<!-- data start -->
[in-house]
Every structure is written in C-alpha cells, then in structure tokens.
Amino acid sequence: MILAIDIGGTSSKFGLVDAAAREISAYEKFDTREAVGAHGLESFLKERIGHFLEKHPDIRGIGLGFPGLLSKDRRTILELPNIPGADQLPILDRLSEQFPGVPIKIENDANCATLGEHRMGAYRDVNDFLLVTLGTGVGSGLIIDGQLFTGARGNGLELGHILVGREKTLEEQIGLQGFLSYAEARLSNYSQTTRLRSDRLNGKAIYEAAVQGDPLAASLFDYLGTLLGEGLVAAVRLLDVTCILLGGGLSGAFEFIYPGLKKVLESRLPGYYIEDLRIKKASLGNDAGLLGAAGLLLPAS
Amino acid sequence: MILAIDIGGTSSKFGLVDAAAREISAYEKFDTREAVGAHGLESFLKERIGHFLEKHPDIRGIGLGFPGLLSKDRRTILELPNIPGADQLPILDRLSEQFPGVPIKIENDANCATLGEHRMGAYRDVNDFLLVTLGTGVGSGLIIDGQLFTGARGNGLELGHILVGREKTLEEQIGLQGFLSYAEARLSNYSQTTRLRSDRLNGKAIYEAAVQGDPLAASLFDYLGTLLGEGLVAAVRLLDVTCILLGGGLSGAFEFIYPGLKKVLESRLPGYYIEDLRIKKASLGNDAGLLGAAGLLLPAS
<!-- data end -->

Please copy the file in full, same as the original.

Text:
[in-house]
Every structure is written in C-alpha cells, then in structure tokens.
Amino acid sequence: MILAIDIGGTSSKFGLVDAAAREISAYEKFDTREAVGAHGLESFLKERIGHFLEKHPDIRGIGLGFPGLLSKDRRTILELPNIPGADQLPILDRLSEQFPGVPIKIENDANCATLGEHRMGAYRDVNDFLLVTLGTGVGSGLIIDGQLFTGARGNGLELGHILVGREKTLEEQIGLQGFLSYAEARLSNYSQTTRLRSDRLNGKAIYEAAVQGDPLAASLFDYLGTLLGEGLVAAVRLLDVTCILLGGGLSGAFEFIYPGLKKVLESRLPGYYIEDLRIKKASLGNDAGLLGAAGLLLPAS
Amino acid sequence: MILAIDIGGTSSKFGLVDAAAREISAYEKFDTREAVGAHGLESFLKERIGHFLEKHPDIRGIGLGFPGLLSKDRRTILELPNIPGADQLPILDRLSEQFPGVPIKIENDANCATLGEHRMGAYRDVNDFLLVTLGTGVGSGLIIDGQLFTGARGNGLELGHILVGREKTLEEQIGLQGFLSYAEARLSNYSQTTRLRSDRLNGKAIYEAAVQGDPLAASLFDYLGTLLGEGLVAAVRLLDVTCILLGGGLSGAFEFIYPGLKKVLESRLPGYYIEDLRIKKASLGNDAGLLGAAGLLLPAS